labels with overlapping nodes are changed. This is to adjust for deaths
caused by diseases.

Assuming we have two disease models DM1 and DM2, and one demographic
decorator D, the process of figuring out the change (delta) for DM1, DM2
and D for one time step would be something like:

DM1.calculateDelta(time, timeDelta, DM1List); // DM1List is every label
updated by DM1
DM2.calculateDelta(time, timeDelta, DM2List);
// Now the deltas has been set for every label for both decorators, but
the birth/deaths haven't been applied yet
D.calculateDelta(time, timeDelta, DList); // DList is every label updated
by D
// Now we need to correct for for the disease deaths for each decorator
D.applyDeaths(DM1List, DList);
D.applyDeaths(DM2List, DList);
// And finally adjust the birth/deaths for each disease model
DM1.applyBirthDeaths(DList, DM1List);
DM2.applyBirthDeaths(DList, DM2List);

The error in the time step (for the integration solution) would now be
considered for the delta calculated for each label by DM1, DM2 and D, and
if any exceed the tolerance we'd reduce the step size etc.

Still trying to think if there's a more elegant solution to this, but I
think the method above would work...
Re: Handling multiple diseases in STEM [message #3260 is a reply to message #3224] Tue, 26 May 2009 12:37 Go to previous messageGo to next message
Eclipse UserFriend
Originally posted by: daford.almaden.ibm.com.invalid

Stefan,
I wonder if we couldn't make a kind of "wrapper" disease model that would
consolidate an arbitrary number of disease models. The intent would be to
completely charaterize the entire disease state of a population with respect
to all of the diseases and the history of infection->recovery.

The wrapper would have to "query" the disease models it tracks for their
disease states to set up a (combinatorial) state space. Then each disease
model would need to report the numbers of population members that transition
from one state to the next. The wrapper would then aggregate those
transitions and update the "gloabl" disease state space for the population
with repsect to all of the diseases.

It might require a change in how a disease model gets access to the disease
state values it needs for its computations. At the moment each disease model
defines/uses a single vector and is written assuming a particular defintion
for that vector. If we were to change to have a single global state space
(for each node) we could have the disease models simply provide a token for
the state value they want (eg. "S") and the combined state would return the
correct value with respect to that disease. For instance, if we have two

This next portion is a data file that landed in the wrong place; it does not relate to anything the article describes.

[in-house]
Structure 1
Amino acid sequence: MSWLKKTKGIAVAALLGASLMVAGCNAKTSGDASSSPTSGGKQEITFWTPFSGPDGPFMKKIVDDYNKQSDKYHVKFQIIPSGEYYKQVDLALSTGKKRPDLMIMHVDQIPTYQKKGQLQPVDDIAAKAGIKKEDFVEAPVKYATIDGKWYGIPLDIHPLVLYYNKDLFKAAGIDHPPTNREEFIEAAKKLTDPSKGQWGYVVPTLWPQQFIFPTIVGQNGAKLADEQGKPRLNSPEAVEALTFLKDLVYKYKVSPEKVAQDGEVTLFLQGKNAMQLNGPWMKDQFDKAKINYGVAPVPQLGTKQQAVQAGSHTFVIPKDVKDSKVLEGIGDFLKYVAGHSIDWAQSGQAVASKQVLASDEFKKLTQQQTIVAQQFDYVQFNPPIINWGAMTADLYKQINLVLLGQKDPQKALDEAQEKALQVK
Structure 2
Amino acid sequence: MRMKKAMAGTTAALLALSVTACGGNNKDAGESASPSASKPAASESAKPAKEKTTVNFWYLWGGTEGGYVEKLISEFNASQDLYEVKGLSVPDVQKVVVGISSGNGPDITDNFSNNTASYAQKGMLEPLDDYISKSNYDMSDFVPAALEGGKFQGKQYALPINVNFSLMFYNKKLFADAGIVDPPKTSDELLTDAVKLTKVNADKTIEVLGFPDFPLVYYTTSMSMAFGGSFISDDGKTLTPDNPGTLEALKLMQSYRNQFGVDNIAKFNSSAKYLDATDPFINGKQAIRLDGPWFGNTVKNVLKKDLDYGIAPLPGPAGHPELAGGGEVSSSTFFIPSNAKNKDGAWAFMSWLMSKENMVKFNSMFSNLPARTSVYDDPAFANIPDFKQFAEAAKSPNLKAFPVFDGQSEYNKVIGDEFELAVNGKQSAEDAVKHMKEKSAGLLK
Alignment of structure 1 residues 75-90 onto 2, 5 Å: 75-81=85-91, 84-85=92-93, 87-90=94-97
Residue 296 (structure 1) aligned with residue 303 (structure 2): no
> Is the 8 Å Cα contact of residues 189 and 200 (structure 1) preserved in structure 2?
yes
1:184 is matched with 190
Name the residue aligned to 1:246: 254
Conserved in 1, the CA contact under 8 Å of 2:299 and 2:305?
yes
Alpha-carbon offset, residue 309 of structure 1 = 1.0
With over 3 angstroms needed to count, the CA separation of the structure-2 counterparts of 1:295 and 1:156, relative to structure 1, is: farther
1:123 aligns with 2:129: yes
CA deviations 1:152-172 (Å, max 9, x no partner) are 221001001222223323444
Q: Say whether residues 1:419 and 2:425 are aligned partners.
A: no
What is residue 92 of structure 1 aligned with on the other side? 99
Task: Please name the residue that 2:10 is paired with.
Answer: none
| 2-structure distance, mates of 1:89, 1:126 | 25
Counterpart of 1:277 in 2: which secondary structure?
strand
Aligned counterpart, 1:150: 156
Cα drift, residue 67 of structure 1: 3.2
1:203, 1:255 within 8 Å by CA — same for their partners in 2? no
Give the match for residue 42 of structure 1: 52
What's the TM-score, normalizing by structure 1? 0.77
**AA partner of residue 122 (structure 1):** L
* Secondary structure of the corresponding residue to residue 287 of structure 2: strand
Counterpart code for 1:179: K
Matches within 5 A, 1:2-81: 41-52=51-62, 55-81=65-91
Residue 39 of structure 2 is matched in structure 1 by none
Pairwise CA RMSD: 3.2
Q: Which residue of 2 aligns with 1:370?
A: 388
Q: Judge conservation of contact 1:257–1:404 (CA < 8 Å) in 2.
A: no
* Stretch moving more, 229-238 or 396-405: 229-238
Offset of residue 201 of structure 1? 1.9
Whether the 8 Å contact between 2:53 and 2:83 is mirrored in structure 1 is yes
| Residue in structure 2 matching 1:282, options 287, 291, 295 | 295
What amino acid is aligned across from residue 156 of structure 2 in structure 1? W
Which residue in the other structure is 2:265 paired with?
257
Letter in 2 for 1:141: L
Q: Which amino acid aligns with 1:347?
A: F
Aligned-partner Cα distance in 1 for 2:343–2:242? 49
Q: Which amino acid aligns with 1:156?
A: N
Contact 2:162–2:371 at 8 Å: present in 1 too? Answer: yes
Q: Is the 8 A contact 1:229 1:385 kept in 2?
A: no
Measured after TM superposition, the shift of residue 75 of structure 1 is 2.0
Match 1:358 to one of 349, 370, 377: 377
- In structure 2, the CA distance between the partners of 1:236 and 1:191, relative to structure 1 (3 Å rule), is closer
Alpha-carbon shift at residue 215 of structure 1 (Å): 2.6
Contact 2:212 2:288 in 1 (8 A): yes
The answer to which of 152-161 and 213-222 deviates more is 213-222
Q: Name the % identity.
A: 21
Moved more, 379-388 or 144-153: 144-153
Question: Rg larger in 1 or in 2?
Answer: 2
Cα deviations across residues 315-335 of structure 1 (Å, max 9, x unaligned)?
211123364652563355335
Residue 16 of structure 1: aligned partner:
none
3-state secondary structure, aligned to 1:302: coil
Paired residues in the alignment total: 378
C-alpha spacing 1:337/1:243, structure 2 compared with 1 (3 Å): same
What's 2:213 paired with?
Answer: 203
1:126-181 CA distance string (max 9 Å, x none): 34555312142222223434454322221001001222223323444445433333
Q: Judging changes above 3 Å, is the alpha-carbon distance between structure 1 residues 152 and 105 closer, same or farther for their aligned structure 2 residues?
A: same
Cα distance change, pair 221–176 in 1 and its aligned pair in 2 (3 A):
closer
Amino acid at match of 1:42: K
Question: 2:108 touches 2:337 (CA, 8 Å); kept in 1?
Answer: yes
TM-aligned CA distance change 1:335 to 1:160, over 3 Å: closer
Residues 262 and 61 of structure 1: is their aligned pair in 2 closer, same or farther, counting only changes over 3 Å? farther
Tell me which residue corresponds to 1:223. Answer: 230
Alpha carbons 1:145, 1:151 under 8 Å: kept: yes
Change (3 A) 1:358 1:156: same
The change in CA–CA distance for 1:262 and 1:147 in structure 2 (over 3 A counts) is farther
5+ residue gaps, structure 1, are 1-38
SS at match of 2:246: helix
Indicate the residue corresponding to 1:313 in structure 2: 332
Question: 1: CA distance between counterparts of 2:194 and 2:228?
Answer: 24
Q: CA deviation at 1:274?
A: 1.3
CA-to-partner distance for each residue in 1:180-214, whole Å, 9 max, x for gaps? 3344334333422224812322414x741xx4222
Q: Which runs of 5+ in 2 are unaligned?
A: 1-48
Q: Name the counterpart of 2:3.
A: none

diseases, population members infected with the first disease would still be
returned as susceptible for the second. This approach would also handle the
birth/death issue properly as well.

Dan



Stefan Edlund wrote:
>
> As a first step towards handling a true multi-serotype scenario in STEM,
> we need to correctly handle two or more isolated diseases circulating
> among the population in the same scenario. While it is possible to add
> more than one disease in a scenario today, there's some problems:
>
> 1. Since birth/death rates are defined inside each disease, they can be
> different so the models would disagree on how many people are around at a
> given time.
> 2. The disease death rate for one of the diseases would not be taken into
> account in the other disease, so it would tend to overestimate the number
> of people availabe.
>
> Solving this is not straightforward at all, here's some thoughts.
>
> Tackling the first problem, the diseases are not truly isolated since they
> should work off the same assumptions about birth and death rate, and one
> disease needs to know how many people the other disease killed off. So one
> idea would be to pull out the birth/death rate into a separate decorator
> that models the demographic changes for a scenario. This
> "DemographicModel" (I'm open to better name suggestions, it's just a
> decorator) simply determine how many individuals are born and die at a
> given time (for any species, humans, mosquitos etc.). This is not
> necessarily just a fixed birth/death rate. For instance, I can envision
> writing a special DemographicModel for mosquitos increasing birth rate
> during rainy conditions etc. The DemographicModel will also consult all
> disease models in the scenario at each step to see how many people were